Friday, May 10, 2013

Tips for Training: Advice From Sister Lucille Erickson II

A while ago, I was doing a project for school in which I asked advice from seasoned moms who would be willing to share their knowledge. I asked sister Lucille to help me out; she's a mom of three who seek to serve Christ in all that she does - enjoy!
I think it's important to hold our babies like they are precious and priceless, not like a sack of potatoes. It also usually helps them not be so stiff to hold because they always feel secure and not having to use all their muscles to help hold themselves like those who hang over the arm all the time. I think we should respect them and others will respect them too as they grow. Holding them securely at all times creates a sense of security from a young age in them. Also try to meet their needs before they cry, if we can, so that we don't reinforce their crying.
I also see young mothers picking their children up and setting them down hard on a seat, and/or yelling at them (which only teaches them to yell). Some treat their children roughly all the time, even when they're not mad. They just don't have feelings of respect for these little beings and  don't treat them like a treasure. Thit will effect the child. I think it's sad.
We know what Bro. Branham taught us regarding when Billy Paul spanked his child in anger and the angel didn't like that at all. We want to be in control of our frustrations; realizing they are kids and are constantly learning by our example and guidance (as well as discipline) and will make mistakes and keep getting some things wrong. They get tired and fussy too...but we need to be patient (which is good example for them) with them and make them feel like they are important to us. Treating them respectfully, I feel, is very important. We don't want to throw them around like they are a sack of potatoes. Handle them lovingly - like they're a treasure. It'll change the way they act. How you treat them around other people will effect how others react to them. If you are always raising your voice or complaining about them, other people will look down on them too.
I also always tried to make sure sitting around the table was a positive experience. You never bring up negative situations, or bad things that happen during the day, nor should you be griping about isn't good for the digestive system, for one thing, and the meal time is a time to let all else go and share each others' day - accomplishments, stories, laughs... Focus on each other, be a family and make good memories at the table.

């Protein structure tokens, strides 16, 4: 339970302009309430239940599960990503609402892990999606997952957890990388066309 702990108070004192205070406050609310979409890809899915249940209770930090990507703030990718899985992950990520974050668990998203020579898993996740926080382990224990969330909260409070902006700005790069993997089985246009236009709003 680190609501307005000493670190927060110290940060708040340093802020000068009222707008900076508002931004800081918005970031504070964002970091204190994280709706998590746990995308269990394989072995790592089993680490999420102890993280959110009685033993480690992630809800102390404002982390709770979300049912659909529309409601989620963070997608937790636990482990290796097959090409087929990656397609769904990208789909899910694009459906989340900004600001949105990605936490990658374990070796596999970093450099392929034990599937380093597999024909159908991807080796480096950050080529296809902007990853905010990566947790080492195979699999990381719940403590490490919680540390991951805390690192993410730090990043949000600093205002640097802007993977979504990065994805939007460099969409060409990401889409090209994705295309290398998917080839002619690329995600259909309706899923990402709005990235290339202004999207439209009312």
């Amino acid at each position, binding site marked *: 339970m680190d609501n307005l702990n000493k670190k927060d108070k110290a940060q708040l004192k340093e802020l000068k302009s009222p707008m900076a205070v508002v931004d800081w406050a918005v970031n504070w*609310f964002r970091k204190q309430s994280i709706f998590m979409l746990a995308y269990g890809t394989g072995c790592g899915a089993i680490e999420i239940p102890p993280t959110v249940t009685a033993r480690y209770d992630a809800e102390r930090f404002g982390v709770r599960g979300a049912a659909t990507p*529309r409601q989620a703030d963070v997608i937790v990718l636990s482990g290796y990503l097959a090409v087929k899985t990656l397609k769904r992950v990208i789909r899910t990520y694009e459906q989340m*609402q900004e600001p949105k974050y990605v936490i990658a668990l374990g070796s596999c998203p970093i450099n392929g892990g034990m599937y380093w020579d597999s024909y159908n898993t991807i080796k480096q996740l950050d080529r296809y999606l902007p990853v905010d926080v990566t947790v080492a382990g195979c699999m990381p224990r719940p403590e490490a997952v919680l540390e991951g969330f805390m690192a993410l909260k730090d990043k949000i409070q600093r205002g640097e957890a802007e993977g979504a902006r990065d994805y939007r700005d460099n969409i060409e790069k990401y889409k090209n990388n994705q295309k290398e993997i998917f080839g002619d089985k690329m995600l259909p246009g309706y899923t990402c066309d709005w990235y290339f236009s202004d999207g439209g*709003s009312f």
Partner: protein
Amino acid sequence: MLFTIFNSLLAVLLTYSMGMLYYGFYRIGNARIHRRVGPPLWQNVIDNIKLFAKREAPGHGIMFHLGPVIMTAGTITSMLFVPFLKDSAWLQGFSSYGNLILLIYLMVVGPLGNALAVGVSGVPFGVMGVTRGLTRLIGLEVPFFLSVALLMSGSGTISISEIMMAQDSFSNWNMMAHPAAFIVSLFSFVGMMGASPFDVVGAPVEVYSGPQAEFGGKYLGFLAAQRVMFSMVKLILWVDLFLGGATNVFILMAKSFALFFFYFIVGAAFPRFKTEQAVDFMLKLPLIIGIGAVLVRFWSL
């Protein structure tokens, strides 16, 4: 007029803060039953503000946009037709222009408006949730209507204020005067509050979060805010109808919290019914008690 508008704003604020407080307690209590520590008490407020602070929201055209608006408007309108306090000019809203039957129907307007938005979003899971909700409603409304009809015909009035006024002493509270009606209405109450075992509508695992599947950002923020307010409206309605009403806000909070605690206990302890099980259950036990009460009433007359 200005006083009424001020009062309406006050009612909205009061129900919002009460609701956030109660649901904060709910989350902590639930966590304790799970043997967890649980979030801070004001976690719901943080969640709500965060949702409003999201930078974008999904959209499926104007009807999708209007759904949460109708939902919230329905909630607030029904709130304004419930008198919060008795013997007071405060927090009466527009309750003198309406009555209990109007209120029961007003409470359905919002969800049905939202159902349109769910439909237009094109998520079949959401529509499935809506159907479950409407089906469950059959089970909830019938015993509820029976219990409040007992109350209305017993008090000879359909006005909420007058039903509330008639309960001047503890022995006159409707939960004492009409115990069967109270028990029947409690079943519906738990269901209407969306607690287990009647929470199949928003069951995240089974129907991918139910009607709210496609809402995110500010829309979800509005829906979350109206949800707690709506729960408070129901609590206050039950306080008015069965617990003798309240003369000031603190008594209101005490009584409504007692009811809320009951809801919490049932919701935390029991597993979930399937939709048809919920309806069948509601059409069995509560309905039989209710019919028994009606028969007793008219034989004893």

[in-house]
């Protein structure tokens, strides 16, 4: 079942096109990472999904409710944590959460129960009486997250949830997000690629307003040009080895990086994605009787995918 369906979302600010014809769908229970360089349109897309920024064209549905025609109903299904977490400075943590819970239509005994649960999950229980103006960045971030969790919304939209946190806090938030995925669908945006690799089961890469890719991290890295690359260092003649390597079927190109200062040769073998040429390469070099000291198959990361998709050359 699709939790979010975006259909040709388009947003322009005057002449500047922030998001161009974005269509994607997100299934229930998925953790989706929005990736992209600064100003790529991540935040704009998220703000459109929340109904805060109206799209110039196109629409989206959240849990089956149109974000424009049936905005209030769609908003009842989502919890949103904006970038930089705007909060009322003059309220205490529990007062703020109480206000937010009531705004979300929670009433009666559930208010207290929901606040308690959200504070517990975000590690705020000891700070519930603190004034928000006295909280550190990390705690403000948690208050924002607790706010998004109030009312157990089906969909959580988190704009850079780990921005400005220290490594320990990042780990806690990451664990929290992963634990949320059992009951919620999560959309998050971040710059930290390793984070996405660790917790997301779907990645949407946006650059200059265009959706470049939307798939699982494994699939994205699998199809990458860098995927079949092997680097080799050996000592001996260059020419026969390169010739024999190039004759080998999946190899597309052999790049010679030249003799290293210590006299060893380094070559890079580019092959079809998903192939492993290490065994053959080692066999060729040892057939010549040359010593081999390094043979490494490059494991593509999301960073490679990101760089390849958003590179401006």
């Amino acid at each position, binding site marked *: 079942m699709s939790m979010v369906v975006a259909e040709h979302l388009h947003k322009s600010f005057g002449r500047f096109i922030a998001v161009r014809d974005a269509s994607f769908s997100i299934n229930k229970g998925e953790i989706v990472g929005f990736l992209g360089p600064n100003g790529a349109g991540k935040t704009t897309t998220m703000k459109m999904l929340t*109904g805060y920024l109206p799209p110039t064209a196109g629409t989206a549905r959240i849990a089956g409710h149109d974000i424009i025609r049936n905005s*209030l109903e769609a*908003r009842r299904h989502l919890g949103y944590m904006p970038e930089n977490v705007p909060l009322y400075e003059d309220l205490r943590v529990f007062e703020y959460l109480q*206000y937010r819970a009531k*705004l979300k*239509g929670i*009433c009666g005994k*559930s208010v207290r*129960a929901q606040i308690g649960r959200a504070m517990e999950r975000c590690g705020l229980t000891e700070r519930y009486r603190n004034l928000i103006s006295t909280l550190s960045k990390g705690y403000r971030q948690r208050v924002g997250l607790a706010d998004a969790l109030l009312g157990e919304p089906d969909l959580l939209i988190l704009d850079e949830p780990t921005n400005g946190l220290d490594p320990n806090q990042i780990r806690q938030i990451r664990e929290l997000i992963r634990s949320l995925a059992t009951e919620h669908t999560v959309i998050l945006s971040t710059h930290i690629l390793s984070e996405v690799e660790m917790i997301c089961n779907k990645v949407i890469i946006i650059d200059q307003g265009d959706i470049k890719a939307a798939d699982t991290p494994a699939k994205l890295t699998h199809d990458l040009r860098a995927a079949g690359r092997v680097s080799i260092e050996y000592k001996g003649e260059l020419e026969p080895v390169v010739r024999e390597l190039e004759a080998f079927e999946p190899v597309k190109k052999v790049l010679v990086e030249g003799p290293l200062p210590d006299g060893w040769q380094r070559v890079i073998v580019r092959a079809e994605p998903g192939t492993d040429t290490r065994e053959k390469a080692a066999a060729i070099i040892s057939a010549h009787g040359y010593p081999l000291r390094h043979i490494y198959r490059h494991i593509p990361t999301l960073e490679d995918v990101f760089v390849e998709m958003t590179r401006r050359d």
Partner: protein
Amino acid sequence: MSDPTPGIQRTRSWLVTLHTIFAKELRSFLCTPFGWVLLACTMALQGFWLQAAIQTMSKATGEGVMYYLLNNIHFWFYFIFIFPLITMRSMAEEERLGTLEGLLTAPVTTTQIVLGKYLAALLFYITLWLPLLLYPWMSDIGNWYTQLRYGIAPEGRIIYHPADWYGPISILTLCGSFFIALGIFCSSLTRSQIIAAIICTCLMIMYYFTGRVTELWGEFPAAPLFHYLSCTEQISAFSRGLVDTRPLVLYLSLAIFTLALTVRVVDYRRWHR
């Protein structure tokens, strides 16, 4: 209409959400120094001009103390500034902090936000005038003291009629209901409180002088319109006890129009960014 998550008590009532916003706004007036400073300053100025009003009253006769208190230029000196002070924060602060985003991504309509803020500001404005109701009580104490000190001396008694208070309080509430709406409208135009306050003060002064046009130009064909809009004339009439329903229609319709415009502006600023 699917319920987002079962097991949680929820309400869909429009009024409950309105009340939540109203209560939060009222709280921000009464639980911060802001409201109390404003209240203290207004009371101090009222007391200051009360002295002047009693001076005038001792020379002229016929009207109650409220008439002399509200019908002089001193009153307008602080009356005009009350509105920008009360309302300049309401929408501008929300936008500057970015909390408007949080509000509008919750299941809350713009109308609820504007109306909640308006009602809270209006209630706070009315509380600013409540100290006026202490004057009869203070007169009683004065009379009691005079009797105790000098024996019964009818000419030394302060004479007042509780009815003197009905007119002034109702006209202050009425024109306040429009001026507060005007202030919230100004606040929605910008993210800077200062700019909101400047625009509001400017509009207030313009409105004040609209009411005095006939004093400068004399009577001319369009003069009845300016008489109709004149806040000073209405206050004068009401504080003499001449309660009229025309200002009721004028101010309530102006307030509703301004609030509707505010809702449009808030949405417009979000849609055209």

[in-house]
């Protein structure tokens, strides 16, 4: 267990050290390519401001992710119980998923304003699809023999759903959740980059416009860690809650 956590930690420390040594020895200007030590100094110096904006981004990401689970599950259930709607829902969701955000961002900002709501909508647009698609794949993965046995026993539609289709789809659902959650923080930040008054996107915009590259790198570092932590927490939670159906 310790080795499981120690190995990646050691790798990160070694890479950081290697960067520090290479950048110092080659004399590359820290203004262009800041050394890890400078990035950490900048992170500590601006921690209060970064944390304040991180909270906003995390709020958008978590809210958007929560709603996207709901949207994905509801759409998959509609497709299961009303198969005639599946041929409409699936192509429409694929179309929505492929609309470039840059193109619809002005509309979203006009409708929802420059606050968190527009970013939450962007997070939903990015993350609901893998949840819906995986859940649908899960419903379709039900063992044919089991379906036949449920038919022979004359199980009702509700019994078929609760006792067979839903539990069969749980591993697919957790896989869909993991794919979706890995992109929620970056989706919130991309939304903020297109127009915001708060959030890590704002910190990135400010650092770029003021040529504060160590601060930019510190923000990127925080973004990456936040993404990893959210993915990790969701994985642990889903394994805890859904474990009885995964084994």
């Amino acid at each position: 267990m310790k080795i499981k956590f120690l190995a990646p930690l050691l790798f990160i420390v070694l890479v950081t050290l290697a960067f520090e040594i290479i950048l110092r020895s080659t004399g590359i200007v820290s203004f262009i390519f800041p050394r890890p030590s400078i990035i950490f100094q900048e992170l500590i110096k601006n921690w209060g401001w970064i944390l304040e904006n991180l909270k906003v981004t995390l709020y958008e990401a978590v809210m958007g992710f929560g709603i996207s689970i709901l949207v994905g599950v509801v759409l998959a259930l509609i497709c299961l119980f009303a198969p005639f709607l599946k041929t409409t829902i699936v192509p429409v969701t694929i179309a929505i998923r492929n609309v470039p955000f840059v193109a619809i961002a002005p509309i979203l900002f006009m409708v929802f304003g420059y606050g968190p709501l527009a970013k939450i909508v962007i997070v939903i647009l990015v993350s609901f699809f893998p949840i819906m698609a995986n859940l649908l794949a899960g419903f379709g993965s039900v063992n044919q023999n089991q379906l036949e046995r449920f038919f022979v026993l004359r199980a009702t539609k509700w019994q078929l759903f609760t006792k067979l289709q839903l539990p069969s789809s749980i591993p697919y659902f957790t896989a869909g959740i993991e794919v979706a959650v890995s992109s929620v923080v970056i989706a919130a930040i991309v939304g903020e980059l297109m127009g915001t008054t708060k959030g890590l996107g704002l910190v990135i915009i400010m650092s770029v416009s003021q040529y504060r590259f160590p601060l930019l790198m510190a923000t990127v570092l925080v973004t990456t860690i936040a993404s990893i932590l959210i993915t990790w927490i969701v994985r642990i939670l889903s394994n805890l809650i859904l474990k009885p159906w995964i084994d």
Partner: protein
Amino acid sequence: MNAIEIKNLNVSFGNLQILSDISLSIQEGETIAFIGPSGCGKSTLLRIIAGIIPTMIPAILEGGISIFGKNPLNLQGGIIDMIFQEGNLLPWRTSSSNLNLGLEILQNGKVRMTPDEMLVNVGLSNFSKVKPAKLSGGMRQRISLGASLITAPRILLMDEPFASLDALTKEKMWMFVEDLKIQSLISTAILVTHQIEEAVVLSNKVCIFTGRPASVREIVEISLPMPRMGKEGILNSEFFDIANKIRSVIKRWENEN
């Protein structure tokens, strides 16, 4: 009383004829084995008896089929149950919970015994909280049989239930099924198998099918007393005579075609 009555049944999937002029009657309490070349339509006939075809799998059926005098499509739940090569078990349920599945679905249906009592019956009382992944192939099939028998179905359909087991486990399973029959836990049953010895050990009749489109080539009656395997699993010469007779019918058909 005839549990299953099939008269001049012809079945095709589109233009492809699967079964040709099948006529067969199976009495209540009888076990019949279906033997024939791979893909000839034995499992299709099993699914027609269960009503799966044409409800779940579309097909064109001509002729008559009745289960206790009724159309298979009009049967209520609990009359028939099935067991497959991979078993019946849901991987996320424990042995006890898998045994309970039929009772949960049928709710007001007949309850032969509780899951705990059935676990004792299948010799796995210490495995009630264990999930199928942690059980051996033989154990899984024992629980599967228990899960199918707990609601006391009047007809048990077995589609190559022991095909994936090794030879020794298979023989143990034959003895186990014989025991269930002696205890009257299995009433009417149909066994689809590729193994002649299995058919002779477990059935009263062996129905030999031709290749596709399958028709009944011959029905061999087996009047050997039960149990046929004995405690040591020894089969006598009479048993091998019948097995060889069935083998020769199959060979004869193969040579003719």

To be realistic, it wasn't always that way, but was our goal and usual experience. Some days if there was something very sad, like a death of someone in church, or something else effects you... it's hard to be happy when so many are suffering. You just can't help but eat more quietly during those hard times...but I'm saying that this is the goal:  to make meal times electronic free, share positive things with your family and care about one another while you eat together. It's a memory in their minds that lasts a lifetime; and you're teaching them to do the same with their children, should the Lord tarry.
Another thing I see parents doing, is letting their children run wild at restaurants. I realize that after service their energy level is high and they long to get it out.  We long for them to wear it out too, but we also need to keep our testimony to the world around us; teaching them restaurant manners and cleaning up the area around us the best that we can. (If they drop food and make messes.)
Manners, manners, manners...we see such a lack of it these days. If anything was hard on me, Sundays were. First of all we had the almost 2 hour drive to church, then through service I was determined to train them to sit in church can't go to the nursery and do this when there are always mothers who let their kids run wild in the nursery. I would go in there to feed or change them quickly and then leave. If they couldn't be quiet in church, I would walk around downstairs or wherever I had to, to keep them quiet and get them used to hearing preaching, and not playing through it.